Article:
The Earth's annual orbit around the Sun will take it to its
furthest point from the Sun, at a distance of 1.02 AU. This moment marks the point in the year when the Sun appears smallest in the
sky, and when the Earth receives the least radiation from it, though the
effect is in practice very small. The Earth's orbit is almost exactly circular
and its distance from the Sun varies by only about 3% over the course of the
year, and so other phenomena, such the reflection of solar radiation by
clouds, have a much more significant effect in determining our weather. The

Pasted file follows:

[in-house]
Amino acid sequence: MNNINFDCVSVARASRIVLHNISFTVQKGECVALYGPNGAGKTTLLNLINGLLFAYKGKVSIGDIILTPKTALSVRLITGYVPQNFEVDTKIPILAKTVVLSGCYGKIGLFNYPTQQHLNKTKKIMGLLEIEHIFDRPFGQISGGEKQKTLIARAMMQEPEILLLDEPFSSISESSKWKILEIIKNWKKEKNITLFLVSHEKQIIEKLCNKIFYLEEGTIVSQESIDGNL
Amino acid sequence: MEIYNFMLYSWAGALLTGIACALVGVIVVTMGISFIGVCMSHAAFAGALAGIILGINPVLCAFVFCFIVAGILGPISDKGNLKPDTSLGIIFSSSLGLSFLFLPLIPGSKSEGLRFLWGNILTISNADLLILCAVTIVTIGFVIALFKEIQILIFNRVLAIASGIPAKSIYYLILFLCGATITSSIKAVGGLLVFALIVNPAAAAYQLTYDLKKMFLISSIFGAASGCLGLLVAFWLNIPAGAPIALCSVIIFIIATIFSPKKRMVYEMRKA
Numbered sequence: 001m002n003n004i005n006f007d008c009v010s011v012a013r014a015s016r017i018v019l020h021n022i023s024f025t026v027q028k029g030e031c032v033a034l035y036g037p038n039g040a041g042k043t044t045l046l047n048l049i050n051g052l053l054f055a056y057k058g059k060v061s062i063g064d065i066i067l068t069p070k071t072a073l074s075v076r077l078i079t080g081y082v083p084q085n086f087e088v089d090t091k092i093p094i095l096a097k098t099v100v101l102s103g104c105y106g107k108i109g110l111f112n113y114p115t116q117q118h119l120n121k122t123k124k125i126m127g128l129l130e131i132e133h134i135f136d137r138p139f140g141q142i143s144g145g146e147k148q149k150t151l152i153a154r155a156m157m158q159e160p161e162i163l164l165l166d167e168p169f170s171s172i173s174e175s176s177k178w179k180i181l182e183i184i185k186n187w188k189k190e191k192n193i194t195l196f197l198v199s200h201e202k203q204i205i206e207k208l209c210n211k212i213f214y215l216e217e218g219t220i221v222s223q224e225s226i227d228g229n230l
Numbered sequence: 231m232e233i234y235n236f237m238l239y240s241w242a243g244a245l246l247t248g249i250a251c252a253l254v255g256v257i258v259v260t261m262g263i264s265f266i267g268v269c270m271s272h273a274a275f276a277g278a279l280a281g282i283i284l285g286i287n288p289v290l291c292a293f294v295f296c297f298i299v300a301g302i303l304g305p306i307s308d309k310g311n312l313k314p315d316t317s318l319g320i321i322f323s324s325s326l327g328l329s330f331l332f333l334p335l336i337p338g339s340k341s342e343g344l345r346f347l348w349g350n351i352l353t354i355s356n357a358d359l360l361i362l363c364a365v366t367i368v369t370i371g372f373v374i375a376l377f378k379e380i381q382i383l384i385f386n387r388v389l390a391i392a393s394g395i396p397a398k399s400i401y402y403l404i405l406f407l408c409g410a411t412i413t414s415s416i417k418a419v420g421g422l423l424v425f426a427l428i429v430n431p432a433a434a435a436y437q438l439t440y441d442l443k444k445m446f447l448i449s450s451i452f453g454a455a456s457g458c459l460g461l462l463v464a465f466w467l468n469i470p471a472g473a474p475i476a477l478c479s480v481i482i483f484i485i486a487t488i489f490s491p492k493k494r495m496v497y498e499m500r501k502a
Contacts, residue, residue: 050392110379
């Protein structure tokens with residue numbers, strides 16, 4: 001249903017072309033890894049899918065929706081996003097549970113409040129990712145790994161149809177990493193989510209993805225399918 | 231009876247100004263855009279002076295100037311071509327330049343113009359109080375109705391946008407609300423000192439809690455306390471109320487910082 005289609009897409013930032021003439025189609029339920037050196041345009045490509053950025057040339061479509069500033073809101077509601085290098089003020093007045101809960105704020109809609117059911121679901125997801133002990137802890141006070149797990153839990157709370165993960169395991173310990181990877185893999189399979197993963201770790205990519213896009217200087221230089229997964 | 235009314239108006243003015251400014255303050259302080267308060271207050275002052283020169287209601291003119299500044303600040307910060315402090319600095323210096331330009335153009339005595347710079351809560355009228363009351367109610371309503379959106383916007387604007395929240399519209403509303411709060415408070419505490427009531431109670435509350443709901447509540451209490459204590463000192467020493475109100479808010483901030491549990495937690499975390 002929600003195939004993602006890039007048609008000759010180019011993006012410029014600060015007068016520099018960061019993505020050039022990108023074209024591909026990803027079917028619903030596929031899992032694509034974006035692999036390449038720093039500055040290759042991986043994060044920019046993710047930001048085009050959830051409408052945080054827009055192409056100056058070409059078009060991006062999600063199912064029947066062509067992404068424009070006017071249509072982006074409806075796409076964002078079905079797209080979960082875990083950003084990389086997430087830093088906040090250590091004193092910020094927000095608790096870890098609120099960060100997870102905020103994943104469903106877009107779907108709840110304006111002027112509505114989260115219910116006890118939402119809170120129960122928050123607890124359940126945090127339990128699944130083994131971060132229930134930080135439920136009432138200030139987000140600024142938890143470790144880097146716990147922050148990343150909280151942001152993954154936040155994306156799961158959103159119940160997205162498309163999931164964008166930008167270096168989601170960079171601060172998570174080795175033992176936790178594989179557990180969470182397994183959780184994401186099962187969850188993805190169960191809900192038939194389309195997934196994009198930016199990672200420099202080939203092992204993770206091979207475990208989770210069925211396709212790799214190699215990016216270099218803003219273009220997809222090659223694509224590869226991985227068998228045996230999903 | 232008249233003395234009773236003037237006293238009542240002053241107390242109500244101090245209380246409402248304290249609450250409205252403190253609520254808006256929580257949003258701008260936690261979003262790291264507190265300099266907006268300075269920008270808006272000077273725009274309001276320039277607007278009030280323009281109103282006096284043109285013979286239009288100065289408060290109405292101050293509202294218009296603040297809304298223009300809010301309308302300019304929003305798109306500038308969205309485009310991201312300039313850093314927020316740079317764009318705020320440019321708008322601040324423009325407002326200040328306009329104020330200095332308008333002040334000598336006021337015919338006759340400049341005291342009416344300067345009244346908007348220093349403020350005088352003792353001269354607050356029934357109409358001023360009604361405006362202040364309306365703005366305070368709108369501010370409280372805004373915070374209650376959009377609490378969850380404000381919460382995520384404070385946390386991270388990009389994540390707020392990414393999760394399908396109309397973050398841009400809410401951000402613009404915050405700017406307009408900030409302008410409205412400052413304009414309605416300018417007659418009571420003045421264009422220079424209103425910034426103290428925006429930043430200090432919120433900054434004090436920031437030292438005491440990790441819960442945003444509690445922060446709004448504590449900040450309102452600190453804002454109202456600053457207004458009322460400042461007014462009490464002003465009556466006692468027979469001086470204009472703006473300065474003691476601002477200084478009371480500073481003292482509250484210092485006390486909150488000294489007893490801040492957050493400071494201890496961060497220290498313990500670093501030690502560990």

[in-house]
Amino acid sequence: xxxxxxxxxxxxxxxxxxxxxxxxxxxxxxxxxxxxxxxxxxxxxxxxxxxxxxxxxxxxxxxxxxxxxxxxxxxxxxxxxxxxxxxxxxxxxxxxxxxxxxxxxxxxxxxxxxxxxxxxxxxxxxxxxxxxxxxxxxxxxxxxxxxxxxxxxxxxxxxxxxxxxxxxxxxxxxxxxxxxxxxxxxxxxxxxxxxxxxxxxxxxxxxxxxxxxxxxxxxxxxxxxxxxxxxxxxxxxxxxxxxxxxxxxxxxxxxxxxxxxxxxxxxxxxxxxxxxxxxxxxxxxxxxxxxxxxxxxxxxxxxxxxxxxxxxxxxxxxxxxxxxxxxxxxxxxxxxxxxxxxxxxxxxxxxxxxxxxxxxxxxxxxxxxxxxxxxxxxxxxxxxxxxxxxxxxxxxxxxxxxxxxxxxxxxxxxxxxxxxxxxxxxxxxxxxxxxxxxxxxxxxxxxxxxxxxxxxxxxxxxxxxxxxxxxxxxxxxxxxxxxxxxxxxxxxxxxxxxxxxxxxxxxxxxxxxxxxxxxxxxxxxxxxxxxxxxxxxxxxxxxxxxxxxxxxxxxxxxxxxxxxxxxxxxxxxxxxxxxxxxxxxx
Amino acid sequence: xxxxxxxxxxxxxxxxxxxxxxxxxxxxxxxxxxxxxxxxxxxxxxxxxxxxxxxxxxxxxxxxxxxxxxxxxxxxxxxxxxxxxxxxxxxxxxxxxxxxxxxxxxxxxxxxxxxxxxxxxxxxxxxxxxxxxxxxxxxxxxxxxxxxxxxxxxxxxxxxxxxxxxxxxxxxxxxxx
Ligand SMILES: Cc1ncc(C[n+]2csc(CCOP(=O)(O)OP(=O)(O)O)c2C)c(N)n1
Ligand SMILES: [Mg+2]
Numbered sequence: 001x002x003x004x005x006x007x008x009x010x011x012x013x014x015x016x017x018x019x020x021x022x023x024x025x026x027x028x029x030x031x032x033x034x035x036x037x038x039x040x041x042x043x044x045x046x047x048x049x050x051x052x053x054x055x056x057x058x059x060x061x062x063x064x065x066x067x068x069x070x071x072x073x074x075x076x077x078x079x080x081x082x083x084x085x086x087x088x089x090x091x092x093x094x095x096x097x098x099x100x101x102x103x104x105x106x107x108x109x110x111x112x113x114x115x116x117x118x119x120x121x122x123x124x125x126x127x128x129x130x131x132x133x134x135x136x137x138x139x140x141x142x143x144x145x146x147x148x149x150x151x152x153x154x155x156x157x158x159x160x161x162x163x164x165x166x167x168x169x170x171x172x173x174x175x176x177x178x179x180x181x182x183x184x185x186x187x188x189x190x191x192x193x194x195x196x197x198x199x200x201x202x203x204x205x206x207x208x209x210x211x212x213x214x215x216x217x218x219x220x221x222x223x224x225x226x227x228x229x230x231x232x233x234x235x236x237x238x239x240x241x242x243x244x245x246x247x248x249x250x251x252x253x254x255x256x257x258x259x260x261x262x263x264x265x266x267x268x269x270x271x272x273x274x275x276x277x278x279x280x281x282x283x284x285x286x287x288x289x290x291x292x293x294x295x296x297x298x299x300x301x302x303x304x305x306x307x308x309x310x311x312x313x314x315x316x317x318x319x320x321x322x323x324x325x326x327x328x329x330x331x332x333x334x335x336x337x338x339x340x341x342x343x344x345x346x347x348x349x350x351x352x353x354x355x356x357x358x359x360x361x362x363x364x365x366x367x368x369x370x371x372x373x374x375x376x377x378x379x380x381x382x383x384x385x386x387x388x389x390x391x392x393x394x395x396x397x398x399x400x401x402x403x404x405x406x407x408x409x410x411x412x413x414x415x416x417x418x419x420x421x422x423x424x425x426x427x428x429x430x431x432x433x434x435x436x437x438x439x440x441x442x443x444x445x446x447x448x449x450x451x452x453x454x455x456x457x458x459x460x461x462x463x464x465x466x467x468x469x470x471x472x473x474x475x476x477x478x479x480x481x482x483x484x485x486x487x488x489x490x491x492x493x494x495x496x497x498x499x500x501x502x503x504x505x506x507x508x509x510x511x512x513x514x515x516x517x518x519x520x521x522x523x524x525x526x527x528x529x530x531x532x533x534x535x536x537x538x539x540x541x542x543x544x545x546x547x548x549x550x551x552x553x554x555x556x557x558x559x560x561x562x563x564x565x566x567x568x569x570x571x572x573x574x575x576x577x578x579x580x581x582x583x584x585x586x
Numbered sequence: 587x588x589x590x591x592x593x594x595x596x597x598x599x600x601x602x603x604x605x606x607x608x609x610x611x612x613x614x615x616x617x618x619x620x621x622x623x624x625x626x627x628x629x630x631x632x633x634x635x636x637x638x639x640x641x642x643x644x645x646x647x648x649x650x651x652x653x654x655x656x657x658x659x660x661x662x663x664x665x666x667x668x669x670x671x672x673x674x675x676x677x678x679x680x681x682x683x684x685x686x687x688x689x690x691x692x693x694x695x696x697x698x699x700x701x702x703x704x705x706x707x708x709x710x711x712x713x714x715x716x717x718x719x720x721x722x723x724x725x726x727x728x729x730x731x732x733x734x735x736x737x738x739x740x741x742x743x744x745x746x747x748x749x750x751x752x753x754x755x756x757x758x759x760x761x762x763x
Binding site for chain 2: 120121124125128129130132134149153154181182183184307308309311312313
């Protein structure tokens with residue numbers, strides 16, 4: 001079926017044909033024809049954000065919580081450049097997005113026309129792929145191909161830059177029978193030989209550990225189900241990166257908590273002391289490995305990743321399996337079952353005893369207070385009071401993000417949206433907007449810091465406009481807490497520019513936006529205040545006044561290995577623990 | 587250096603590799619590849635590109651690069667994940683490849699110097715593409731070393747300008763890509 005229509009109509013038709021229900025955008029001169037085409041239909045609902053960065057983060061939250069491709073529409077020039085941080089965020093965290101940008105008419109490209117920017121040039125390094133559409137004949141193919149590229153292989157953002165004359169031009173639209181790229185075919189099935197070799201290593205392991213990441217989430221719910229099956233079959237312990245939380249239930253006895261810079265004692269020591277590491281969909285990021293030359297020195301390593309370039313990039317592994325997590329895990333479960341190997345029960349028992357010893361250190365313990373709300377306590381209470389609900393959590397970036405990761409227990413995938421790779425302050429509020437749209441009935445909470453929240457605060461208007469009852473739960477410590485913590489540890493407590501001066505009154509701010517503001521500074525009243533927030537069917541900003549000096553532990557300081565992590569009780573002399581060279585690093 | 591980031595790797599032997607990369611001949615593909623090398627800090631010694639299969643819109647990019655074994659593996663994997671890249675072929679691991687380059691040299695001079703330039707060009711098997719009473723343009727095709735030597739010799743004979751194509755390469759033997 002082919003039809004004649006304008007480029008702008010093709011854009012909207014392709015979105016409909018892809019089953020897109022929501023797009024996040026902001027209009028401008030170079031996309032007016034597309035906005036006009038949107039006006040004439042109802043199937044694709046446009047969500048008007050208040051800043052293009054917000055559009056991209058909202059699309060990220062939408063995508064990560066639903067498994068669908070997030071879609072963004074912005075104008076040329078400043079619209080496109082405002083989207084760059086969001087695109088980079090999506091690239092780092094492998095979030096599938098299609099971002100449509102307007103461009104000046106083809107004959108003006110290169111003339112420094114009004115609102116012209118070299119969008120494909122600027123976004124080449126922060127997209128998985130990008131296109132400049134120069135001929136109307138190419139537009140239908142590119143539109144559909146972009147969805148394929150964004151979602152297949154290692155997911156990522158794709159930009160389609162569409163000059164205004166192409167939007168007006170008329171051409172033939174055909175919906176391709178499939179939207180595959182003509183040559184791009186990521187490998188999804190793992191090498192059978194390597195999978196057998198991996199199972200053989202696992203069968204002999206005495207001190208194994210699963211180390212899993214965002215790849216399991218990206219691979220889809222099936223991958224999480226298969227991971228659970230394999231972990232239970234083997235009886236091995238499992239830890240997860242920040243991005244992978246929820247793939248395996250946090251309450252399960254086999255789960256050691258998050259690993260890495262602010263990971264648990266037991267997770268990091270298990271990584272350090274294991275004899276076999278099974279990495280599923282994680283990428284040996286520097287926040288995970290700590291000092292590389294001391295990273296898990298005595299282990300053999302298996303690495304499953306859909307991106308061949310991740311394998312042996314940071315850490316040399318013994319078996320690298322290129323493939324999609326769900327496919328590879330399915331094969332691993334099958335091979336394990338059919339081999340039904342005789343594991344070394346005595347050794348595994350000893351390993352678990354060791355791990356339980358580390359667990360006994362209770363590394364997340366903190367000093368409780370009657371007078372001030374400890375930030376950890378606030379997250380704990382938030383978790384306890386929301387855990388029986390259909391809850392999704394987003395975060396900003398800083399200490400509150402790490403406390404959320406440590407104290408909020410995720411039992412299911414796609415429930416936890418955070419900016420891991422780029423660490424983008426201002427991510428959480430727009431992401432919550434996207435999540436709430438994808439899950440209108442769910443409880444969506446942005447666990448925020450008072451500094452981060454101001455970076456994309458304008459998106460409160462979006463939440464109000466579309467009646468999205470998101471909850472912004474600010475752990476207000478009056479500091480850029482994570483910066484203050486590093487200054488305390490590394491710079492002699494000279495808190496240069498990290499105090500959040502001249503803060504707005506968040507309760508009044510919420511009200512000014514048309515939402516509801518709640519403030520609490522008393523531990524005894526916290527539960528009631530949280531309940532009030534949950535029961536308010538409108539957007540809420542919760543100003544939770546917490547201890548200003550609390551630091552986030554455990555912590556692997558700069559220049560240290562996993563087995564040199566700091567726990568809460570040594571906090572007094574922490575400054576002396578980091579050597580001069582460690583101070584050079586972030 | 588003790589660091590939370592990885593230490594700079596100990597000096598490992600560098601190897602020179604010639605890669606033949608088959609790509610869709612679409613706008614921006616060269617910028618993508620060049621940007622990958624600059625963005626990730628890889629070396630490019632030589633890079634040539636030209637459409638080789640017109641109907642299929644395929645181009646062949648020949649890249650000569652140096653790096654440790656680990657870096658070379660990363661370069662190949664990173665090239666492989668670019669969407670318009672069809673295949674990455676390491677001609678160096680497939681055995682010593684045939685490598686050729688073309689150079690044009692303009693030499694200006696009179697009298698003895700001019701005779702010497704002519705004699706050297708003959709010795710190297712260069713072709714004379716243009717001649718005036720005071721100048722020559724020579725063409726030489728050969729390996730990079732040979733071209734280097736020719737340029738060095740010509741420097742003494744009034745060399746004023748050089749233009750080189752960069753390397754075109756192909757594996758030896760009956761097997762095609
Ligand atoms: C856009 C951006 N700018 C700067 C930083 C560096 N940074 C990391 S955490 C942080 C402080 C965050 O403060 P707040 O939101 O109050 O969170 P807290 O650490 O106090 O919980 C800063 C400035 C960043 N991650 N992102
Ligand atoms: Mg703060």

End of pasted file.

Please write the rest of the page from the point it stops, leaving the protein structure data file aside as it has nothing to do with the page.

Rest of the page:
annual changes in weather between the summer and winter months are caused
entirely by the tilt of the Earth's axis of rotation, rather than by any
change in its distance from the Sun.
The detailed circumstances of this event are:
The coordinates above are given in J2000.0.
The circumstances of this event were computed from the DE405 ephemeris published by the Jet Propulsion Laboratory (JPL).
© NASA/Apollo 17